In some cases, towns will have to pay both the wages for a worker who is out sick and the wages for a substitute, said West Hartford Town Manager Ronald Van Winkle. Some jobs can’t be left vacant even for one day, he said.
Requiring paid sick leave will cost cities and towns money during already difficult financial times, said the Connecticut Conference of Municipalities, which represents cities and towns. The organization has regularly opposed paid sick leave proposals, including the version that was passed last year.
“While CCM is sympathetic to the intent of this new law, it is problematic as it still imposes a new, unfunded state mandate on all towns and cities in a recession era when municipal resources are already extremely limited,” said Kevin Maloney, CCM’s spokesman. “… Struggling with the administration of unprecedented, new state mandates such as the paid sick leave law, absent any funding to implement it, only exasperates local budgetary problems.”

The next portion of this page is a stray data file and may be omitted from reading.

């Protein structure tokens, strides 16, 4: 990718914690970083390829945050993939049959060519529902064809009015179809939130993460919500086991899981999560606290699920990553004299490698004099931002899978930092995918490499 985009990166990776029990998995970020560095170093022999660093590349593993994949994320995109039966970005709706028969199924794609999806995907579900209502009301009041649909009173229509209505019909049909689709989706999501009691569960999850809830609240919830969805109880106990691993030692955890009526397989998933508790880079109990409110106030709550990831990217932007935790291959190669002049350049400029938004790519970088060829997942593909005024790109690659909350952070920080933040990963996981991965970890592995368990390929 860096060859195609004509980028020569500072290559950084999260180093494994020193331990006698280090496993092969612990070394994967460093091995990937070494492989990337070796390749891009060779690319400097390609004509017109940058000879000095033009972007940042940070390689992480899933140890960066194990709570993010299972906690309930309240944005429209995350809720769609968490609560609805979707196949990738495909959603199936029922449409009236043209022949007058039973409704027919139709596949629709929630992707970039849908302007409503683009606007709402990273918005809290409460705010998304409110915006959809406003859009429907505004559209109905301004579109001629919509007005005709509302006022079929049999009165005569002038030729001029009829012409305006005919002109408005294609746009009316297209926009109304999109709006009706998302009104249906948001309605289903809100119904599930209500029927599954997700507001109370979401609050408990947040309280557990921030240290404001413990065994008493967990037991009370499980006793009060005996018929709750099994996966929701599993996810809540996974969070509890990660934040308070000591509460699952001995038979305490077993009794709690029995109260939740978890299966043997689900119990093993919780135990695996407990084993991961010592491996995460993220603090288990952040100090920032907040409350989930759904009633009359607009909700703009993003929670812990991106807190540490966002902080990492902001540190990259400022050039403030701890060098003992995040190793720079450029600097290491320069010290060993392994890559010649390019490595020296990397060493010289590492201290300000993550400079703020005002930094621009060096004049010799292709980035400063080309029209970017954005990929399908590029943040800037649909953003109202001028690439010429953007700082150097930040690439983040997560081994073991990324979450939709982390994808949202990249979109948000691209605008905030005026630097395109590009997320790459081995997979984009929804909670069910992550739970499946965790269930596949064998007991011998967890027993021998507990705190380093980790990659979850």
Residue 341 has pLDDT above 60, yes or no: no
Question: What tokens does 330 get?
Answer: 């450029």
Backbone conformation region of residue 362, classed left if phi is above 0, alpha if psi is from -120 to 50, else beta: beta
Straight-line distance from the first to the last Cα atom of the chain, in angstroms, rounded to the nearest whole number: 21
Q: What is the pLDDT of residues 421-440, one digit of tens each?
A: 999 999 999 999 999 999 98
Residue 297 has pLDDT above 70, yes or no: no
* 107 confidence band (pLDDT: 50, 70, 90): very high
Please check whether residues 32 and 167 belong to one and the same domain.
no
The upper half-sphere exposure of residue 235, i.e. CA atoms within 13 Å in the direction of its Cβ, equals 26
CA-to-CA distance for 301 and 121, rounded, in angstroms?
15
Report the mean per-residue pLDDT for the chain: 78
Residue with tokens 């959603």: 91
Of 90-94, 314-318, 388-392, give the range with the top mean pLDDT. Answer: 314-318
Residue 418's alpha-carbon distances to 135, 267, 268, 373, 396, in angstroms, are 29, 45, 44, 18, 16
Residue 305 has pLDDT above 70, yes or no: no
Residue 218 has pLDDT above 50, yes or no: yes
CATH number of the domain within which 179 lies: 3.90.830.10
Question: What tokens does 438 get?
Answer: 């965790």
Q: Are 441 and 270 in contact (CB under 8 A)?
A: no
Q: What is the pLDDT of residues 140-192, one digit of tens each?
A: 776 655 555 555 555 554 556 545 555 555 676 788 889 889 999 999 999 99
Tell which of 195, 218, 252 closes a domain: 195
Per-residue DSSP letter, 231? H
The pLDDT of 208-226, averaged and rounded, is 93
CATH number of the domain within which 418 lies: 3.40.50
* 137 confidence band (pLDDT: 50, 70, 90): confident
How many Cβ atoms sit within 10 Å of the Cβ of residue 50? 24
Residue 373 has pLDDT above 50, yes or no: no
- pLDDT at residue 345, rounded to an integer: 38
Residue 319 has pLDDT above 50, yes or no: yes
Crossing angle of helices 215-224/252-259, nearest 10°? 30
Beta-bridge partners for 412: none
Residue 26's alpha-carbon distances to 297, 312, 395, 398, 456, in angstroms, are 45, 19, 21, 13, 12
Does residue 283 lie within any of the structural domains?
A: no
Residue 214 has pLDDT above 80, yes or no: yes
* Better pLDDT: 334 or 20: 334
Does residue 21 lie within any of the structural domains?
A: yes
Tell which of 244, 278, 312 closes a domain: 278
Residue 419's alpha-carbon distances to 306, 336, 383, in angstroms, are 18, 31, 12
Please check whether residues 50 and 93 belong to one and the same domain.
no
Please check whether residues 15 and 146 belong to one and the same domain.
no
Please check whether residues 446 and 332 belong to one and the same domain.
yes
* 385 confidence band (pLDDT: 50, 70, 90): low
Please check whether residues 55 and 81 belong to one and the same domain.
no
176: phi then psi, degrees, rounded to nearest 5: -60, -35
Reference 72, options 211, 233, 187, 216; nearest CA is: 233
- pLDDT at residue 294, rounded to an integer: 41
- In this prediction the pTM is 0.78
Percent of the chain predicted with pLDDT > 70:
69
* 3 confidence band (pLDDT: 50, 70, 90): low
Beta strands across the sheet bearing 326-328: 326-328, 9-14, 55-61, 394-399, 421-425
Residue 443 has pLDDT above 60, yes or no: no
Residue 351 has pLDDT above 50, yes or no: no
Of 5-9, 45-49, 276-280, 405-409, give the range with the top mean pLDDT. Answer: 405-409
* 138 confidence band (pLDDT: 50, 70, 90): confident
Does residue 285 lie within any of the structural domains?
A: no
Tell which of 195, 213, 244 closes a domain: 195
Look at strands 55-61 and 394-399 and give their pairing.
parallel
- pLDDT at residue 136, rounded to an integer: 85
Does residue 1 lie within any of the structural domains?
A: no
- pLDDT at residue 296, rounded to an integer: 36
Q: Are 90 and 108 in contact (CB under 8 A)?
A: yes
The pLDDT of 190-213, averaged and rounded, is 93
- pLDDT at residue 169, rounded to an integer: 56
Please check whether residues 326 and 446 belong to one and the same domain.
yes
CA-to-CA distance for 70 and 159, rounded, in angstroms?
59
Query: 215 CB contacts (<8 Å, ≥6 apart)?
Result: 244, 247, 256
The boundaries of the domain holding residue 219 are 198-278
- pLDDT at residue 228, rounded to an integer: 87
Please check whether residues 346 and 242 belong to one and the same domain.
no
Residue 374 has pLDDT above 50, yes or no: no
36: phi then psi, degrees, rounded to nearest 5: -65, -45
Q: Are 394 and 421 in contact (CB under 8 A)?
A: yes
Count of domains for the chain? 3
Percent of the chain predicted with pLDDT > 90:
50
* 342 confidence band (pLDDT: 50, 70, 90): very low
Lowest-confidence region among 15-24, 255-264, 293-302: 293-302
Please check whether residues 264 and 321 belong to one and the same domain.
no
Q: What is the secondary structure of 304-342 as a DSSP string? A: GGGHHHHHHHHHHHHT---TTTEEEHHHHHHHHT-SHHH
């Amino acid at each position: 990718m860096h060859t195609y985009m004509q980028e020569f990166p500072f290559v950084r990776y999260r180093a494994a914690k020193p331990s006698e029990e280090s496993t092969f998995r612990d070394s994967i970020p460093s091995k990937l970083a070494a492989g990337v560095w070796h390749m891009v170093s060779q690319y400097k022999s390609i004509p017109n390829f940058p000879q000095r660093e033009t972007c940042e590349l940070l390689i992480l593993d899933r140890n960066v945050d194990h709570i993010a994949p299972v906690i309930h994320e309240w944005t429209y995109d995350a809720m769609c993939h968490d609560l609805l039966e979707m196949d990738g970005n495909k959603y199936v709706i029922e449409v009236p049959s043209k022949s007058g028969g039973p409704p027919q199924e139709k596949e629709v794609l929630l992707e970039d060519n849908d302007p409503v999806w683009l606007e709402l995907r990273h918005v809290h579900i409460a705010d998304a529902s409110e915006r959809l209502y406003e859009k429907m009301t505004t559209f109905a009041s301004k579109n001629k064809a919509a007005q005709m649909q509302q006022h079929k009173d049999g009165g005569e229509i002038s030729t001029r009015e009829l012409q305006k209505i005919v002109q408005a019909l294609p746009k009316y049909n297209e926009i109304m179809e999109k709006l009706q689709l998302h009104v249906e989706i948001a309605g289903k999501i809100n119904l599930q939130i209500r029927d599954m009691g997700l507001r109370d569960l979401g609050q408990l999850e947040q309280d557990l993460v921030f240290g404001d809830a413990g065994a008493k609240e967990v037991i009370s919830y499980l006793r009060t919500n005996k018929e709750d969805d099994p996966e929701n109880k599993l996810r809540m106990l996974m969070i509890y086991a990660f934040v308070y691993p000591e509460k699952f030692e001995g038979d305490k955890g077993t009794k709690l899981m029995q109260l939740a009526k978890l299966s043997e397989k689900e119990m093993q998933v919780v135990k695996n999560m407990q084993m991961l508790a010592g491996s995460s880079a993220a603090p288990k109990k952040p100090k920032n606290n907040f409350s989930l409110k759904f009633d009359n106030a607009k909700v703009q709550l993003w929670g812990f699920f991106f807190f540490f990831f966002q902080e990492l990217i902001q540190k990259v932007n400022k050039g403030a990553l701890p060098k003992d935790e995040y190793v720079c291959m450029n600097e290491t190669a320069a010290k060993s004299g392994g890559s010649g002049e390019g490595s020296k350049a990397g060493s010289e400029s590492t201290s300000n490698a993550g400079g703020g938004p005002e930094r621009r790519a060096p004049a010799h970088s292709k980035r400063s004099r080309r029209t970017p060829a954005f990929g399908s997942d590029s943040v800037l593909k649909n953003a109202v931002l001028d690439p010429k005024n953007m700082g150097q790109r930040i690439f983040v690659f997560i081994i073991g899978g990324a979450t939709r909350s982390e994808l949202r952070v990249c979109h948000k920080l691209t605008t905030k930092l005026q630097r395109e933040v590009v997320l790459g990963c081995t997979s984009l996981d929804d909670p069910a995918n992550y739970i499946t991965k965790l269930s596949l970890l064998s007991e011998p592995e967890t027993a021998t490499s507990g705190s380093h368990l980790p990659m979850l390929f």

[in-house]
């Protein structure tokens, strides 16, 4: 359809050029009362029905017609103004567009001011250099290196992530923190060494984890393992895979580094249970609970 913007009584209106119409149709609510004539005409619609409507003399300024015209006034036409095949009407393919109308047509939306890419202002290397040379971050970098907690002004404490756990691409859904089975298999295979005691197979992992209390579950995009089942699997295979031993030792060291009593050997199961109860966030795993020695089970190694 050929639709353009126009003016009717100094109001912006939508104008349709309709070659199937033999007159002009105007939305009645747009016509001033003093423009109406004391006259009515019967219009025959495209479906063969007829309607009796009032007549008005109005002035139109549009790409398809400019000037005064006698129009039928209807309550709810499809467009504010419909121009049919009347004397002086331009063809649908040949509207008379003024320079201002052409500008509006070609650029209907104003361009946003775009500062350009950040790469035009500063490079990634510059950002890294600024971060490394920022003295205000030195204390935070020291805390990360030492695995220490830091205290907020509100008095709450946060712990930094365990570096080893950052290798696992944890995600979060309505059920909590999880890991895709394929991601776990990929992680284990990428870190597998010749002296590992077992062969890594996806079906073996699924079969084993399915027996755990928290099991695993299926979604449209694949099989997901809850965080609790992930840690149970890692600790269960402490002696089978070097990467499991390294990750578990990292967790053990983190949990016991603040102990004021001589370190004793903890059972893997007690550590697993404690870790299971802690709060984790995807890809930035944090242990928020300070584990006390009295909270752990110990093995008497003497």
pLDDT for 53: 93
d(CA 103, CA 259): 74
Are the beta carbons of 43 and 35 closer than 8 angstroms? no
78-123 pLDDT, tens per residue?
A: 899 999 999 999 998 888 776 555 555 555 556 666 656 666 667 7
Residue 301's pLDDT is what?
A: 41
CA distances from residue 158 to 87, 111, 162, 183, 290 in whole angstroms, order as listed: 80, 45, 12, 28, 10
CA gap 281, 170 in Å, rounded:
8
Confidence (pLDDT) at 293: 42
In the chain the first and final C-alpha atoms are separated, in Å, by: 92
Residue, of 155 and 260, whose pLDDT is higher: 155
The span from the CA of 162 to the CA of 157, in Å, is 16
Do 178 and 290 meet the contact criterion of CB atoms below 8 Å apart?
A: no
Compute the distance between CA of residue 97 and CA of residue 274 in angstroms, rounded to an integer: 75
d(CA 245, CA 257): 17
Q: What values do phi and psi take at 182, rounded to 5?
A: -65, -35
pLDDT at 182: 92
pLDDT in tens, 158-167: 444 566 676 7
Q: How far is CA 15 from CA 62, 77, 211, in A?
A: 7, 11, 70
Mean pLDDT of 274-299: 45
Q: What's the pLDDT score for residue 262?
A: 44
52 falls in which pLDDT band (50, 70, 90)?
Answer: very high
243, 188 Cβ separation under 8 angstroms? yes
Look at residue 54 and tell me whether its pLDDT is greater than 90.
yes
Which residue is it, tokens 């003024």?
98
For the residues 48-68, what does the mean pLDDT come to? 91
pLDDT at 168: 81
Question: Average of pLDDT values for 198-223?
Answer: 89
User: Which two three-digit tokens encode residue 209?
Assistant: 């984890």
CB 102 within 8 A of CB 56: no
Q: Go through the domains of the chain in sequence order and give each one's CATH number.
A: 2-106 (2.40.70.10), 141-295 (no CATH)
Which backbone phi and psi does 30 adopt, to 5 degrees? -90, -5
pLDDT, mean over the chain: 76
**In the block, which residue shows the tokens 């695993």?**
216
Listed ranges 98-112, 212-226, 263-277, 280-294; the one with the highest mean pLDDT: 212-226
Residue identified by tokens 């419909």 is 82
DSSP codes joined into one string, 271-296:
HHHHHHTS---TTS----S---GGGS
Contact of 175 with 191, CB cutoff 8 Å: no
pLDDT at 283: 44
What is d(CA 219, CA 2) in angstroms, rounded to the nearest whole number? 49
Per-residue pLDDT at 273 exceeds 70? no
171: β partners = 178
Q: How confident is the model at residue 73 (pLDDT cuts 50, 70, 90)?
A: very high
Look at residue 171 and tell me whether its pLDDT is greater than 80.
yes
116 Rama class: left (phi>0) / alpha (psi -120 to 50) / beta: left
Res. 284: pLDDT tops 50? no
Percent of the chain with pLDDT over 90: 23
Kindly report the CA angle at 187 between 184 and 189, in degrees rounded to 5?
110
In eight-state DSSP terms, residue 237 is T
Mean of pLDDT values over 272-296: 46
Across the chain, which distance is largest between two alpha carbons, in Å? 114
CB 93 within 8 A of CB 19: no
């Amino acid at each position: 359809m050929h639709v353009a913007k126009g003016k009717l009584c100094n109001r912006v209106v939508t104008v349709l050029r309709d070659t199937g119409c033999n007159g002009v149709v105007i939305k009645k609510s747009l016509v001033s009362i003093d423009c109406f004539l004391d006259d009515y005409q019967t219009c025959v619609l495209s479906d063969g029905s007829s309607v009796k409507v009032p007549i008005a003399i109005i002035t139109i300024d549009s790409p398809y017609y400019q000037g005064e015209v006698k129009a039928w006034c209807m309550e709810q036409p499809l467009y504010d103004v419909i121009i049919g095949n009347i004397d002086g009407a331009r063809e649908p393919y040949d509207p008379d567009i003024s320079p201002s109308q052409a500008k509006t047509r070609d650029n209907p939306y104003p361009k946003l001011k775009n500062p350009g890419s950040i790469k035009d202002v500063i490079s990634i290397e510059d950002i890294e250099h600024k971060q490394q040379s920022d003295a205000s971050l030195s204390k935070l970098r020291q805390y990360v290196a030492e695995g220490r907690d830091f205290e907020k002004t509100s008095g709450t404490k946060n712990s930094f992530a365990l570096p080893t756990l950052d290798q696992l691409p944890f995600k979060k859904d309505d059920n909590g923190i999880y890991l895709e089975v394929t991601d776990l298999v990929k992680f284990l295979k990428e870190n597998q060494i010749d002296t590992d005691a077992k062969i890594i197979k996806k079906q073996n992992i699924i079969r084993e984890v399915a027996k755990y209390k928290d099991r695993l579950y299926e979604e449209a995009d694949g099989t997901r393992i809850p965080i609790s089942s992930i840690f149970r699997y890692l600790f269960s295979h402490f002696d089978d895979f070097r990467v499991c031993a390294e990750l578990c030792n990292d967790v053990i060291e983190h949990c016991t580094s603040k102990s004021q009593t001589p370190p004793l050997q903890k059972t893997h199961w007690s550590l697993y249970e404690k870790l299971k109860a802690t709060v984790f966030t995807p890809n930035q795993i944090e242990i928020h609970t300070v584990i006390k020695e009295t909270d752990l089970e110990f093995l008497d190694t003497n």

Of course, the true target of the Democrats, private businesses, are also suffering, but that was the intent, so that’s OK. Too bad about those cities, though.
Businesses are also dealing with the implementation of the new state law, said Mark Soycher, human resource services counsel for the Connecticut Business and Industry Association.
The new law has caused some companies to cut back on some benefits and revise administrative practices that were in conflict with the law, such as incentive programs, he said.